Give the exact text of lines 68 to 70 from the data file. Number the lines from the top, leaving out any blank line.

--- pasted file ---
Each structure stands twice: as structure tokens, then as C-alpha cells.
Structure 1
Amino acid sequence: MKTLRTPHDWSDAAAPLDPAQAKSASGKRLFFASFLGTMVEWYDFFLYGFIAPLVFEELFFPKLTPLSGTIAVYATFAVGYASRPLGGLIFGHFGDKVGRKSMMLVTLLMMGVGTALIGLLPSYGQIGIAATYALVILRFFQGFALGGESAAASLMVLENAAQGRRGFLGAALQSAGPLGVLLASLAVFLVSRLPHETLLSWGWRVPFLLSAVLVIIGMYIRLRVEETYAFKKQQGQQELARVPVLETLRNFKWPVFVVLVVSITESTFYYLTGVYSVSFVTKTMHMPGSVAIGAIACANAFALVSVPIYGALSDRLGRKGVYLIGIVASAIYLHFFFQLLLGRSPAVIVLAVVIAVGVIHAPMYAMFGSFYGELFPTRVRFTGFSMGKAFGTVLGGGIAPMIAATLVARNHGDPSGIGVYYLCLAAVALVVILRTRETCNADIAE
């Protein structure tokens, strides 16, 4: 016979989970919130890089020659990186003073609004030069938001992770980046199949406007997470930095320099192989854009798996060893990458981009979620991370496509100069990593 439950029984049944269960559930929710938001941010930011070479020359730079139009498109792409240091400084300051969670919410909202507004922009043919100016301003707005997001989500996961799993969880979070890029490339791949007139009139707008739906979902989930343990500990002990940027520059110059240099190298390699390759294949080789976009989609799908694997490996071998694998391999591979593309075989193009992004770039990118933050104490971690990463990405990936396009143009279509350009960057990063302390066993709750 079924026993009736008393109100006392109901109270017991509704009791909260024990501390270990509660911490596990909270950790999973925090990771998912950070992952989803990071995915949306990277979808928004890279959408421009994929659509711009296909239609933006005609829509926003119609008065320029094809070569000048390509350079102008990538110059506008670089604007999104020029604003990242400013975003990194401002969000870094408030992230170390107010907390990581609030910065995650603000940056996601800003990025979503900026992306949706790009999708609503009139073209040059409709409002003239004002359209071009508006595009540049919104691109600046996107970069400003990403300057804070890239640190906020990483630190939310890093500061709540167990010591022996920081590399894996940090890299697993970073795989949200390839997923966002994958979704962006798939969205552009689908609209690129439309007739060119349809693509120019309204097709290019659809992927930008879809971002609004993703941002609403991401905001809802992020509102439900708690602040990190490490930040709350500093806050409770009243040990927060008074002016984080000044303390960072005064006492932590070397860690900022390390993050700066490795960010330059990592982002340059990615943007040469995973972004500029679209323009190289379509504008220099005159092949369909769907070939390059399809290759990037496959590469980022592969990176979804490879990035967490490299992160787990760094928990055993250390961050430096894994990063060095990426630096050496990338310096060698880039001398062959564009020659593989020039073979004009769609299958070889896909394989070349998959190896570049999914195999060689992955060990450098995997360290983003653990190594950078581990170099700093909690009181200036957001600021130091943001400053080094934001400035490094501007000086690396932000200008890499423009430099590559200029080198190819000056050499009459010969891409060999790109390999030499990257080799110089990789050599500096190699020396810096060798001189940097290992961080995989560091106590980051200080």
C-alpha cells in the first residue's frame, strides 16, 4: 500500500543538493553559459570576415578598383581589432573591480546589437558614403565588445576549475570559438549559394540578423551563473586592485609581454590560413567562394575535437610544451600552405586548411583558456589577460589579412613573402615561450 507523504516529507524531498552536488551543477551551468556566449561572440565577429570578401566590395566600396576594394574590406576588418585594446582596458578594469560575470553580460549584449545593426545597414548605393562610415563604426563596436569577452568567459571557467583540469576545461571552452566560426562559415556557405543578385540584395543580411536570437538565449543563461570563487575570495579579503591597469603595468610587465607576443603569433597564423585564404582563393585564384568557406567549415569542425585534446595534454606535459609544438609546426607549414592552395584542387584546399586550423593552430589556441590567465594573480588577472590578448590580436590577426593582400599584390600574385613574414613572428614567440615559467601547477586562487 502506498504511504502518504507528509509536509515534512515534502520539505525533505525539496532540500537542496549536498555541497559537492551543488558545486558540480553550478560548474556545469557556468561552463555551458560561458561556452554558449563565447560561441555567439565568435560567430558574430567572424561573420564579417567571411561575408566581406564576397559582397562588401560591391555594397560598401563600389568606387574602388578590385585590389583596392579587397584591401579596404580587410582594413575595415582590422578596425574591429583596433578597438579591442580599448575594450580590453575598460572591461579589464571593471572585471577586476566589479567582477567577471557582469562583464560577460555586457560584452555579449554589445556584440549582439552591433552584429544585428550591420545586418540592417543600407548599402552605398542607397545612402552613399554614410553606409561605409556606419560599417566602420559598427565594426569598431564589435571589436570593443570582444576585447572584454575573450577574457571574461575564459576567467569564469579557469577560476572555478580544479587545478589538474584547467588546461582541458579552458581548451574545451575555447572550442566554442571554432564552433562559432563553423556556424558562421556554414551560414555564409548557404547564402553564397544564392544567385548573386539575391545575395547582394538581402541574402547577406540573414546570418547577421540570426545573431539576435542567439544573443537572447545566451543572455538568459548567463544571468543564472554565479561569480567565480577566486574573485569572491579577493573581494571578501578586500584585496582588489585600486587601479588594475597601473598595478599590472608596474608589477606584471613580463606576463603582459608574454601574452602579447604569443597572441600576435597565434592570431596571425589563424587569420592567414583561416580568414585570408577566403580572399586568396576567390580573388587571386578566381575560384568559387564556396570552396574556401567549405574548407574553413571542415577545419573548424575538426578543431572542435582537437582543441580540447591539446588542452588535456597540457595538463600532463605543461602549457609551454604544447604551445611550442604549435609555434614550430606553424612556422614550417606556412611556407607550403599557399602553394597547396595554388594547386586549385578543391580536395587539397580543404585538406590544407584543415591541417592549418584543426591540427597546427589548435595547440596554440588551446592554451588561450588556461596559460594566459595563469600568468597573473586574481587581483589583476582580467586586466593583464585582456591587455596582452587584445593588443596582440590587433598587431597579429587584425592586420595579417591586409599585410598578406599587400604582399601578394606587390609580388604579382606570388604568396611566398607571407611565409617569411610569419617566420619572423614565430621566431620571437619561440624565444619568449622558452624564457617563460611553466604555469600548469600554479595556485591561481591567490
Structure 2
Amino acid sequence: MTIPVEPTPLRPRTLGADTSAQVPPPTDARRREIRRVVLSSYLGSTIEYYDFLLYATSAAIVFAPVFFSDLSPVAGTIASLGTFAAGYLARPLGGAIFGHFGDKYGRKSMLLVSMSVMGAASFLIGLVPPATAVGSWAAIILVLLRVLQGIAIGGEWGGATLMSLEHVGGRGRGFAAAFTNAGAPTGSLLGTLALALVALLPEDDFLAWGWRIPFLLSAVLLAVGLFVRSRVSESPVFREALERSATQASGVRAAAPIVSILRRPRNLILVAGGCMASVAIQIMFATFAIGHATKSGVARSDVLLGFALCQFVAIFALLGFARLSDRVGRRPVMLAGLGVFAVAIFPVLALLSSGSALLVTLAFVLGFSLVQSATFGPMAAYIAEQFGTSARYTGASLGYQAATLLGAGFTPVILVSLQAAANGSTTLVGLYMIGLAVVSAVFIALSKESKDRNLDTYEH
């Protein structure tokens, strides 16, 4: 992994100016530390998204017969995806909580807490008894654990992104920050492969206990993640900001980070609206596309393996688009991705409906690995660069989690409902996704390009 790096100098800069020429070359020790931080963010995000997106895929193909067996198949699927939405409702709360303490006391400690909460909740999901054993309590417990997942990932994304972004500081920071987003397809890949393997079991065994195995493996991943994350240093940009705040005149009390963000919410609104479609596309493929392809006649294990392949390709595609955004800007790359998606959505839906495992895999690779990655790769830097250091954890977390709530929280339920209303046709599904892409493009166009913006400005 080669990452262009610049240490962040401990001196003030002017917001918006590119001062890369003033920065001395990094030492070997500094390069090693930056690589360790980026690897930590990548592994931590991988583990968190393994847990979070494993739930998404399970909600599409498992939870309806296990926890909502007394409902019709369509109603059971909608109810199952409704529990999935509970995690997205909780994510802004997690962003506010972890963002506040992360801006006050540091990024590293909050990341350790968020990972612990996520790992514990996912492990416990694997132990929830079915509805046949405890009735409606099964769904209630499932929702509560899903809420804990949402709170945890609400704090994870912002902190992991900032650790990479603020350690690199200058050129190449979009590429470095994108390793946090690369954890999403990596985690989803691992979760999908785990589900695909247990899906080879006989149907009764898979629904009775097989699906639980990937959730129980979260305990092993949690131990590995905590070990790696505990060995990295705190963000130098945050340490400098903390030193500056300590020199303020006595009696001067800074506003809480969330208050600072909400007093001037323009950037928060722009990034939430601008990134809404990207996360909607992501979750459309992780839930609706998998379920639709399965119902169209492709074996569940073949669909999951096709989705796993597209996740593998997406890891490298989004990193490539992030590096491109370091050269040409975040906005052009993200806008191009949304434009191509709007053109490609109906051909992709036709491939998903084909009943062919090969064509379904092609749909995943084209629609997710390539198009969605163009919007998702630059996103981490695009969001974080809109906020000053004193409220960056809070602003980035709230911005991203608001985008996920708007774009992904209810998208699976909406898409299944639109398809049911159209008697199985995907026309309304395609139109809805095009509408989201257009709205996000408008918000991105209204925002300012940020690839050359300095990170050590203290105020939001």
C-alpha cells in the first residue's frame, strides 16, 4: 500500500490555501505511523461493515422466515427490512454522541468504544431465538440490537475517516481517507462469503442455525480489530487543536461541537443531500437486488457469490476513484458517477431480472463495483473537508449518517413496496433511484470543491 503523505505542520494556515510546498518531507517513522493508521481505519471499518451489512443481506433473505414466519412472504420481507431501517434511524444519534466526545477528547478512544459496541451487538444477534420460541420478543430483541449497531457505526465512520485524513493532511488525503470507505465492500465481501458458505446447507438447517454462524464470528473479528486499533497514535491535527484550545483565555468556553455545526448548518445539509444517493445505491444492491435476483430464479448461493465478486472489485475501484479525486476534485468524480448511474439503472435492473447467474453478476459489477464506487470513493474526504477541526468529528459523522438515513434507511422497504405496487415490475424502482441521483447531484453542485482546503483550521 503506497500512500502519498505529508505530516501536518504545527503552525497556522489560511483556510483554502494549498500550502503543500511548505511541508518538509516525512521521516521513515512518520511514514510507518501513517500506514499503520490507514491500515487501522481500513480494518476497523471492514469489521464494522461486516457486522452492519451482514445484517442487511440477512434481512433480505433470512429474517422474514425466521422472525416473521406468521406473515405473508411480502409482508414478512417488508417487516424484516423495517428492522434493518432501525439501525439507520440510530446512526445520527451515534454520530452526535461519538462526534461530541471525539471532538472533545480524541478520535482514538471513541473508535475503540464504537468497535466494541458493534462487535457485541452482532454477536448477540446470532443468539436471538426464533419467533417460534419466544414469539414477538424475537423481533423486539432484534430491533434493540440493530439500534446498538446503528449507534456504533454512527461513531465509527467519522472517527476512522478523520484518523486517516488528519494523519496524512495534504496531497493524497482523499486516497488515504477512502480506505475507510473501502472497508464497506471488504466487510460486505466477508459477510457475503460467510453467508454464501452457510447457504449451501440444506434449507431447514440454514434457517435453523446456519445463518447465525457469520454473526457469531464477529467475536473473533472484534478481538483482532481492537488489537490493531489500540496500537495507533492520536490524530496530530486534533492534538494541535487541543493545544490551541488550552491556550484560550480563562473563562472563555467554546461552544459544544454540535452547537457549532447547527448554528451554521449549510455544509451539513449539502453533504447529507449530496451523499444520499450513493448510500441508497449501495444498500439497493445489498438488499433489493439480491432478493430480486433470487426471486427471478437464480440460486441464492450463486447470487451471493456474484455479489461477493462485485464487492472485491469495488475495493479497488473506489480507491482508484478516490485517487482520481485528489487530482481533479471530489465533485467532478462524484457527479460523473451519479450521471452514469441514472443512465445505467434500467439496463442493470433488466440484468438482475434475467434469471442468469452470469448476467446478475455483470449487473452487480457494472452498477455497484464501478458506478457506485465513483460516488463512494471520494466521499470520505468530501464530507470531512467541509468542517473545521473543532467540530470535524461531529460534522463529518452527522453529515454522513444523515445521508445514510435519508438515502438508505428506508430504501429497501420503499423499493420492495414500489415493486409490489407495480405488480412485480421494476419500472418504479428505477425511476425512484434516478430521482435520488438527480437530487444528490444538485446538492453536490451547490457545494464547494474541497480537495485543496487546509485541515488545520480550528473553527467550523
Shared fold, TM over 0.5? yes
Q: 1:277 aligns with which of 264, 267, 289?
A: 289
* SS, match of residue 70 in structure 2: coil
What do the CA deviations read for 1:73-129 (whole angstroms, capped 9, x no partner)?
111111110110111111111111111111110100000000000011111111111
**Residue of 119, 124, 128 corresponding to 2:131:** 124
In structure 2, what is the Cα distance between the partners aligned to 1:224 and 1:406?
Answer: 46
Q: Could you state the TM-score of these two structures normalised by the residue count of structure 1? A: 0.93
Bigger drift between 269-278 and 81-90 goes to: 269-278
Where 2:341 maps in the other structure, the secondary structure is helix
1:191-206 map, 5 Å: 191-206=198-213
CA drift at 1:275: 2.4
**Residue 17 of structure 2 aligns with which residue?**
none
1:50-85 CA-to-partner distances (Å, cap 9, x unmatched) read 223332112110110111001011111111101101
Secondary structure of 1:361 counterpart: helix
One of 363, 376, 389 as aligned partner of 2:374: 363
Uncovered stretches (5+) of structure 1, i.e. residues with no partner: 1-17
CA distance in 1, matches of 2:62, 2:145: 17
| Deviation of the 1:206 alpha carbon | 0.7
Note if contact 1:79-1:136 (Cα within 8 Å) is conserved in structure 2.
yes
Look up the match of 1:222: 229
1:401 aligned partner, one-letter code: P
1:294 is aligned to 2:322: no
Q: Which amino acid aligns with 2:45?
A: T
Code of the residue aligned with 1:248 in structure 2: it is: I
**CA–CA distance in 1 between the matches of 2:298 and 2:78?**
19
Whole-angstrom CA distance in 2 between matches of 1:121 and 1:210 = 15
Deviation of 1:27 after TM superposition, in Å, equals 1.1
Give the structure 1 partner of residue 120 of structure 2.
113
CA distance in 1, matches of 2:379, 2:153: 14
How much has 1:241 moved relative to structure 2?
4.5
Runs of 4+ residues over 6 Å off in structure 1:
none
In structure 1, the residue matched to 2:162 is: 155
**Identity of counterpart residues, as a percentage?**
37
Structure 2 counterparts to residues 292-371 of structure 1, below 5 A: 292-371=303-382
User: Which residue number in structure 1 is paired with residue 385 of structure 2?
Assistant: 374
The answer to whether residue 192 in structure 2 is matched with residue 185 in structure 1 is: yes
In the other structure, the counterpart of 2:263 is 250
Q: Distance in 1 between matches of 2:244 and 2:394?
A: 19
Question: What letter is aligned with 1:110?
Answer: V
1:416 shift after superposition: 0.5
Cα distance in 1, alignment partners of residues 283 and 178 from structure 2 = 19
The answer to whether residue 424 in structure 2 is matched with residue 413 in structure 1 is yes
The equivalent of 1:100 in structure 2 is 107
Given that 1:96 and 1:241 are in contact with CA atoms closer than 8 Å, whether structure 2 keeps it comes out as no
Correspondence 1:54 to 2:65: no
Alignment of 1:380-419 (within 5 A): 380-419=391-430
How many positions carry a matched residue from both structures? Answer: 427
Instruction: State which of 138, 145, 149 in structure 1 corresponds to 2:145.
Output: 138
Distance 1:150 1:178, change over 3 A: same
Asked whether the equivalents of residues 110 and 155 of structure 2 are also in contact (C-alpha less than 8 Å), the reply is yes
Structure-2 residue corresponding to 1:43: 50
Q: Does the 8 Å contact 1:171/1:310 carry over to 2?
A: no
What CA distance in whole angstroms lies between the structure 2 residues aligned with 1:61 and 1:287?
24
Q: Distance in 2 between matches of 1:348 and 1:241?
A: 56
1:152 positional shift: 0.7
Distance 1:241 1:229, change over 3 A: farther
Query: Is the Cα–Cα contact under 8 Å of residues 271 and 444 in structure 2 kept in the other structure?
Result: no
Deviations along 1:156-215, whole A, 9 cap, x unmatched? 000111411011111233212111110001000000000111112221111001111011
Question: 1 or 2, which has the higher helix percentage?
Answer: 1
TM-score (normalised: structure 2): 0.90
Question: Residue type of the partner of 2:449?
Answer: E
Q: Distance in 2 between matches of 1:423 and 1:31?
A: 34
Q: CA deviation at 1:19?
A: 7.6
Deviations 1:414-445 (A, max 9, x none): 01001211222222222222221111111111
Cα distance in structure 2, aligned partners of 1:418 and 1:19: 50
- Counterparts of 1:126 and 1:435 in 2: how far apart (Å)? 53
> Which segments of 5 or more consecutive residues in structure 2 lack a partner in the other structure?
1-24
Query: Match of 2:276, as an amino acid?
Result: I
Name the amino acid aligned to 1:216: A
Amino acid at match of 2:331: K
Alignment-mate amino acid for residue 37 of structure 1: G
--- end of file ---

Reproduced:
Correspondence 1:54 to 2:65: no
Alignment of 1:380-419 (within 5 A): 380-419=391-430
How many positions carry a matched residue from both structures? Answer: 427